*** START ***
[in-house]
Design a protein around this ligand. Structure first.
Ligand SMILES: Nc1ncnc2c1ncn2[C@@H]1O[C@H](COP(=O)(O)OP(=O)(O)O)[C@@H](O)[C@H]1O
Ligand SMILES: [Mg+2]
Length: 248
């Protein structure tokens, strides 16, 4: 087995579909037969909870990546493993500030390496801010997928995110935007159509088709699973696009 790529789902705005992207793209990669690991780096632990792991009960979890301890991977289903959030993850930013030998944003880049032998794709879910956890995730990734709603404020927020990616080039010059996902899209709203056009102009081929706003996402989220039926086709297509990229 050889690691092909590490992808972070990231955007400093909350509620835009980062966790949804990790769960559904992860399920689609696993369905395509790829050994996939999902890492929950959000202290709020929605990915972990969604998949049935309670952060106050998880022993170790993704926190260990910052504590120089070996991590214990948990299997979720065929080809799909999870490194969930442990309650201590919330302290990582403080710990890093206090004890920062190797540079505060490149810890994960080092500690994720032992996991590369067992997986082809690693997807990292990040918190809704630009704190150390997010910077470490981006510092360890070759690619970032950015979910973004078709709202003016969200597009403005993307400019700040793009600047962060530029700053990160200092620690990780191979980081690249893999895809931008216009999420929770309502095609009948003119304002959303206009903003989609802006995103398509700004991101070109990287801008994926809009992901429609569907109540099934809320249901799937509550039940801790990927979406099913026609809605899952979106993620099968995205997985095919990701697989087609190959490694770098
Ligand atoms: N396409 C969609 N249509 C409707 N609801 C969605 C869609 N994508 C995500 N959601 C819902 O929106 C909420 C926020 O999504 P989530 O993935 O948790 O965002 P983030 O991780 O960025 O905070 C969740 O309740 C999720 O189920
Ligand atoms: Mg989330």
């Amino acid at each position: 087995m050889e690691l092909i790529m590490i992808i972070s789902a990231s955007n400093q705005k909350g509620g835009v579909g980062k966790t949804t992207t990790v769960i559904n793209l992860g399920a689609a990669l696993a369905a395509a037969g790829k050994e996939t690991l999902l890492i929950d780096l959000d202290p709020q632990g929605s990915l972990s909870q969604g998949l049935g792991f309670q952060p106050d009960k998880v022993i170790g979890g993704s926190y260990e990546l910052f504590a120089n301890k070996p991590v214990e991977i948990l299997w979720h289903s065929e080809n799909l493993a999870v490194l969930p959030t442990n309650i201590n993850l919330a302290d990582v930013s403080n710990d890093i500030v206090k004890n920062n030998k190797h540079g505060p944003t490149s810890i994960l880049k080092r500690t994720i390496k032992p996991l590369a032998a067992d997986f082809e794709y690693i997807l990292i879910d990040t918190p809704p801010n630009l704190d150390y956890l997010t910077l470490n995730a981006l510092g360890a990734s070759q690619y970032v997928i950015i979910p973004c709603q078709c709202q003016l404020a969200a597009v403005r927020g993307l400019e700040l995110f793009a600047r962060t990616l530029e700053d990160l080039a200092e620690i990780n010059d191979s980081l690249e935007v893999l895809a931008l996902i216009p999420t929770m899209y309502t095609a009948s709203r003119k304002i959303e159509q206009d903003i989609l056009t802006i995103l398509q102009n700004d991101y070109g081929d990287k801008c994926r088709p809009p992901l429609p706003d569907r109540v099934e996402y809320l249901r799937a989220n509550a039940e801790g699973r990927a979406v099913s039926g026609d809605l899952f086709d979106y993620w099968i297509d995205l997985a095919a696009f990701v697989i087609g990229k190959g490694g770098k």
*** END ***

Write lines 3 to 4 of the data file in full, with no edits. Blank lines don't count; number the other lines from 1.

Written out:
Ligand SMILES: Nc1ncnc2c1ncn2[C@@H]1O[C@H](COP(=O)(O)OP(=O)(O)O)[C@@H](O)[C@H]1O
Ligand SMILES: [Mg+2]